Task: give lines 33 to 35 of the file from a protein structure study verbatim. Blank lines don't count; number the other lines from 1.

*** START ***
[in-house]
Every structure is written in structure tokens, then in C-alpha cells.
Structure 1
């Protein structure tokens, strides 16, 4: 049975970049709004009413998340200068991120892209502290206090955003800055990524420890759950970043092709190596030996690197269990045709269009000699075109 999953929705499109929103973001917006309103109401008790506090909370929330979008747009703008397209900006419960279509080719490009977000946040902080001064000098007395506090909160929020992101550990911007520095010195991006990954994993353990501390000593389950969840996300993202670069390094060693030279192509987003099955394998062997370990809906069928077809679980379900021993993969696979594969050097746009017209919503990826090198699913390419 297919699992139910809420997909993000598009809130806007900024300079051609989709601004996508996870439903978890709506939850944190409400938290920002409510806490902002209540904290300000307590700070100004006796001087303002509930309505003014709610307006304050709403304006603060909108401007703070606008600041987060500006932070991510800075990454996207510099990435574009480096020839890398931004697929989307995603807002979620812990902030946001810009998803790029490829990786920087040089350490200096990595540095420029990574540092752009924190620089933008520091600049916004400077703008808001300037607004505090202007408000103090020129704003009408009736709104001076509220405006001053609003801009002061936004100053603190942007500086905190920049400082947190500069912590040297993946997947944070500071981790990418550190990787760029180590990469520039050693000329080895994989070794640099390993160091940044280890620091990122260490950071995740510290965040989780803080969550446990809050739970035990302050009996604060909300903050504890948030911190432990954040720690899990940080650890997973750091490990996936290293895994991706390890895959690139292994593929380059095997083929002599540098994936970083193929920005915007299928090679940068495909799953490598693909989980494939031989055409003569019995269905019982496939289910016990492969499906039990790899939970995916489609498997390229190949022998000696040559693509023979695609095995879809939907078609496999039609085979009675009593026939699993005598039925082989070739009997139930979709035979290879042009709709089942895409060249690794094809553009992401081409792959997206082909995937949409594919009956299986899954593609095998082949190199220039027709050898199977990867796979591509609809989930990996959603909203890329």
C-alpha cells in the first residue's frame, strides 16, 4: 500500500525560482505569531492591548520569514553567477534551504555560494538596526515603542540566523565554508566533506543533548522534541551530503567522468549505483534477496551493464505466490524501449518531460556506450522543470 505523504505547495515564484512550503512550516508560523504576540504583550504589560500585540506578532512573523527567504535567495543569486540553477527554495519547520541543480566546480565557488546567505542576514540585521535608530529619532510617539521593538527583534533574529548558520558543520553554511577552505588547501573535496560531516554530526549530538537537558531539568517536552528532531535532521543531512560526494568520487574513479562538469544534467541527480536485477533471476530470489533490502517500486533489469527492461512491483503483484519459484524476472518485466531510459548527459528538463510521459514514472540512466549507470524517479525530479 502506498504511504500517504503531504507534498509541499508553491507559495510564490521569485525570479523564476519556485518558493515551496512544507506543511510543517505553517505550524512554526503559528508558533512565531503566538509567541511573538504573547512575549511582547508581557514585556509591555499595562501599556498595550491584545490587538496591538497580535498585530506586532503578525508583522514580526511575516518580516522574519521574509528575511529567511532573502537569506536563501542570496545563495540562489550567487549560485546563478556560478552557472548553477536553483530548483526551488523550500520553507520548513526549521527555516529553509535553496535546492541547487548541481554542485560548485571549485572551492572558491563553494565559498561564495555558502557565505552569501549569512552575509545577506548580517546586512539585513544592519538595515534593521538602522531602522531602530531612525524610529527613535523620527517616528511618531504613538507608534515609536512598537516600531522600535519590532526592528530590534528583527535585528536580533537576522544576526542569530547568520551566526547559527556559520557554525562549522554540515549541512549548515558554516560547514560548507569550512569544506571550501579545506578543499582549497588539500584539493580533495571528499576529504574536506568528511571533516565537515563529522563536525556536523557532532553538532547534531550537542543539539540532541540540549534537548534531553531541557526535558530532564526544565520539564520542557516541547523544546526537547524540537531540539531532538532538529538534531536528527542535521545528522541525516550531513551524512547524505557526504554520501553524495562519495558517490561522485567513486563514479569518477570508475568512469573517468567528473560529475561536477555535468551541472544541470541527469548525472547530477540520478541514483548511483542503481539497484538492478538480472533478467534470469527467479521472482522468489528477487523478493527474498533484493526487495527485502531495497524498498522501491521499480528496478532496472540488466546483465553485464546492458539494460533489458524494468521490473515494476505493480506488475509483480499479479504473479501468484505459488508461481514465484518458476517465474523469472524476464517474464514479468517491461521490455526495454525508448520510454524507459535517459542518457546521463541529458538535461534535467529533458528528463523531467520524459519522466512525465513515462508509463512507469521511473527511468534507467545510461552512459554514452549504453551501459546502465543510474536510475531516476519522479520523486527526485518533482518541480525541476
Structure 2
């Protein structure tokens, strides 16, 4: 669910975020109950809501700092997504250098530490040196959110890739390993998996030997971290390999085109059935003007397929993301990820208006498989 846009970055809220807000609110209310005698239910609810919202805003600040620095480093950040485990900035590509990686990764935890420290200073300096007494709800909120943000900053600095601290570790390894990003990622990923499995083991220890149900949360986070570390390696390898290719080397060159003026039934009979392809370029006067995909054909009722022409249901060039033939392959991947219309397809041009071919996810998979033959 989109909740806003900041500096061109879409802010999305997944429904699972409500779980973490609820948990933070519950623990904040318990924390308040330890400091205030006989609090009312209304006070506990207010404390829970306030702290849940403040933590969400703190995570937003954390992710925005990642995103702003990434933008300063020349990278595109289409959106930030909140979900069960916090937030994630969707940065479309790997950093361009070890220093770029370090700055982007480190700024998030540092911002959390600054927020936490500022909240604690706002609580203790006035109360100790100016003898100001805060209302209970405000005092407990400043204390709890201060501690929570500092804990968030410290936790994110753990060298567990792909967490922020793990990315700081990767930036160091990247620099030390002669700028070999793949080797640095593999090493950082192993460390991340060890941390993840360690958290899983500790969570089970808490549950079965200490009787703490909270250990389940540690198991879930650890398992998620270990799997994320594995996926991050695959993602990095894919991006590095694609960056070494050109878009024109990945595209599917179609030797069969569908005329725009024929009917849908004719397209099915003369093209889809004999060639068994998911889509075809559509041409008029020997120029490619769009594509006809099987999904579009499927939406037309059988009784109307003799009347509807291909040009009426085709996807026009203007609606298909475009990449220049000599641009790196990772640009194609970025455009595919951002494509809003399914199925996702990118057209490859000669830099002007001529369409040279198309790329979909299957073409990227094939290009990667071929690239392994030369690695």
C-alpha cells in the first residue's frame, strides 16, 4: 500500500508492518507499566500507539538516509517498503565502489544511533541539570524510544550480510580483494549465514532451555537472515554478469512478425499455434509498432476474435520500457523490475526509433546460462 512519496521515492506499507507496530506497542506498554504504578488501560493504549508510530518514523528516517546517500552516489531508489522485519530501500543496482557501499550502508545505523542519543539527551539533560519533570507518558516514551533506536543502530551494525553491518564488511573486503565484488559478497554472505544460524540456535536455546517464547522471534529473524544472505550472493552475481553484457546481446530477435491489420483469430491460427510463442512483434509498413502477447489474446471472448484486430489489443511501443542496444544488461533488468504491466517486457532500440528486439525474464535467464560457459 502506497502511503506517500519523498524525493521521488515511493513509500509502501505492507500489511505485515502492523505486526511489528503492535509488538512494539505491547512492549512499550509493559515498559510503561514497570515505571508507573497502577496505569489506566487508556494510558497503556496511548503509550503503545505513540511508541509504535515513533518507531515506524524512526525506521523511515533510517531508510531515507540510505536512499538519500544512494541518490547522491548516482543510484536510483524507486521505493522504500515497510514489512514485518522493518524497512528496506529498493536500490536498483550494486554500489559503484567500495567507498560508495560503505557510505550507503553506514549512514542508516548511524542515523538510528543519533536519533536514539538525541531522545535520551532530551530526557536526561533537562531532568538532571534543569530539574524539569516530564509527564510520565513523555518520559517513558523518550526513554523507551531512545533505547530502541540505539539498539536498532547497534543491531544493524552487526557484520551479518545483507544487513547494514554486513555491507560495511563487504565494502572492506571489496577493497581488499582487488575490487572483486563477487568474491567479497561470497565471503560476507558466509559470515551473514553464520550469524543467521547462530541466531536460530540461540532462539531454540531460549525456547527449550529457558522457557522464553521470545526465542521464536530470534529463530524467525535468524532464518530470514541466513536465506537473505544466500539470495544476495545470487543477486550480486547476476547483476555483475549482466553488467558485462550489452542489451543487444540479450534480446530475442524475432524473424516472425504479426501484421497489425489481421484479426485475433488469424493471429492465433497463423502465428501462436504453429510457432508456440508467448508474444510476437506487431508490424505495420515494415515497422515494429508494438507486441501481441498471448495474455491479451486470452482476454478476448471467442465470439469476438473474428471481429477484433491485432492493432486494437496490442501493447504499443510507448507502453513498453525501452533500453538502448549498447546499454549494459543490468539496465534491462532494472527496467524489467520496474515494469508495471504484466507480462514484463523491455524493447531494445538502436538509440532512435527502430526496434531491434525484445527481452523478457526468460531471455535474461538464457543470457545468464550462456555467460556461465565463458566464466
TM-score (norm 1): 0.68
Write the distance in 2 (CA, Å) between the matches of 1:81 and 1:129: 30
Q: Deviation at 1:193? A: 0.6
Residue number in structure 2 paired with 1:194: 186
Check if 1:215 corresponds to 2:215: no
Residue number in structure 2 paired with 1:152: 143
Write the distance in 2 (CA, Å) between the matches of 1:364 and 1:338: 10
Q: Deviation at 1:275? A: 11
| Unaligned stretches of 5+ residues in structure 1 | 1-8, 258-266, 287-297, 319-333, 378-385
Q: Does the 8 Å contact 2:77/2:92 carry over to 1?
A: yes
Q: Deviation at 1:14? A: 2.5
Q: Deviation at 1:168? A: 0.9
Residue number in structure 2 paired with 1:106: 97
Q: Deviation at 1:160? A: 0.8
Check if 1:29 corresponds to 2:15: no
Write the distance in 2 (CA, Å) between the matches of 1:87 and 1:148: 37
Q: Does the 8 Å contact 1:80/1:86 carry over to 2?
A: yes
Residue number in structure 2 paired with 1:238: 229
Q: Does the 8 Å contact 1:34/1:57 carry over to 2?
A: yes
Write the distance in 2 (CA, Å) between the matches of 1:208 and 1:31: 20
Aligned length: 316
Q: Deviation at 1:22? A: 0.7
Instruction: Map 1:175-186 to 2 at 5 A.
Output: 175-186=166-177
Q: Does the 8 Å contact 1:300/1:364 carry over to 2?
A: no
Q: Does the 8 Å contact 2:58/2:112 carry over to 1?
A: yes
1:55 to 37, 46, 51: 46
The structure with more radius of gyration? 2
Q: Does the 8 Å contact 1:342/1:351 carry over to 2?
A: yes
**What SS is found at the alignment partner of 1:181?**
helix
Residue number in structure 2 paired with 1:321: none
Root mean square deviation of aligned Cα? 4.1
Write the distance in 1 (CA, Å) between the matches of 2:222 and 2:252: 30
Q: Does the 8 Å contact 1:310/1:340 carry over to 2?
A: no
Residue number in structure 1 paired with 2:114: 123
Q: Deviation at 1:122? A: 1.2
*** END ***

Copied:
Q: Deviation at 1:22? A: 0.7
Instruction: Map 1:175-186 to 2 at 5 A.
Output: 175-186=166-177